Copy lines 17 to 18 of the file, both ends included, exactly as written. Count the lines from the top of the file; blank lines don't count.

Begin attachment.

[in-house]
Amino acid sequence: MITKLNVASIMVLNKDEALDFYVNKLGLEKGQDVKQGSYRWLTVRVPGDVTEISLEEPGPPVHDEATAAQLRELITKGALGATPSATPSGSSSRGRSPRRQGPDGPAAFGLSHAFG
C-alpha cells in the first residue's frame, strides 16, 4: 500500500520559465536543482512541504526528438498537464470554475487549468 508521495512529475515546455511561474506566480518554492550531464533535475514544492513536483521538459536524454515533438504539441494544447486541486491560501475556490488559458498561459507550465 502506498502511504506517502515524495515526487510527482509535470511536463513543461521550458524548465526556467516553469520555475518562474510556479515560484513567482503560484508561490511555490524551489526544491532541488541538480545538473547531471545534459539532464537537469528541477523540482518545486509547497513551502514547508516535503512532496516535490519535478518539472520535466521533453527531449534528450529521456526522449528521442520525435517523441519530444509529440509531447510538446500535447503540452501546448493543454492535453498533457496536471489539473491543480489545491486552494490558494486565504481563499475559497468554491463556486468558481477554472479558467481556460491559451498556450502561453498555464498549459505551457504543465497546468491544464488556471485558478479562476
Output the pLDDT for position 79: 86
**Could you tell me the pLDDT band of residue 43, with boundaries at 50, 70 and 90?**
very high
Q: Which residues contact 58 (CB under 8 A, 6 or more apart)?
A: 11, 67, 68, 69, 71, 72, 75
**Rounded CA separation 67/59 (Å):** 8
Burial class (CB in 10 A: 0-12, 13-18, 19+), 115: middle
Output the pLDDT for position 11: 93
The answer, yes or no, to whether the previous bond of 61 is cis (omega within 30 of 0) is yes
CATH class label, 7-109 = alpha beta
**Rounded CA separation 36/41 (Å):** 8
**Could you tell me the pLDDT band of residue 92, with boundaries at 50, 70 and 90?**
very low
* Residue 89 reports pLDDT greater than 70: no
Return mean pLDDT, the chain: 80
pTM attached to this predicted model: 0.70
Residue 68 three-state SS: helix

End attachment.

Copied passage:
* Residue 89 reports pLDDT greater than 70: no
Return mean pLDDT, the chain: 80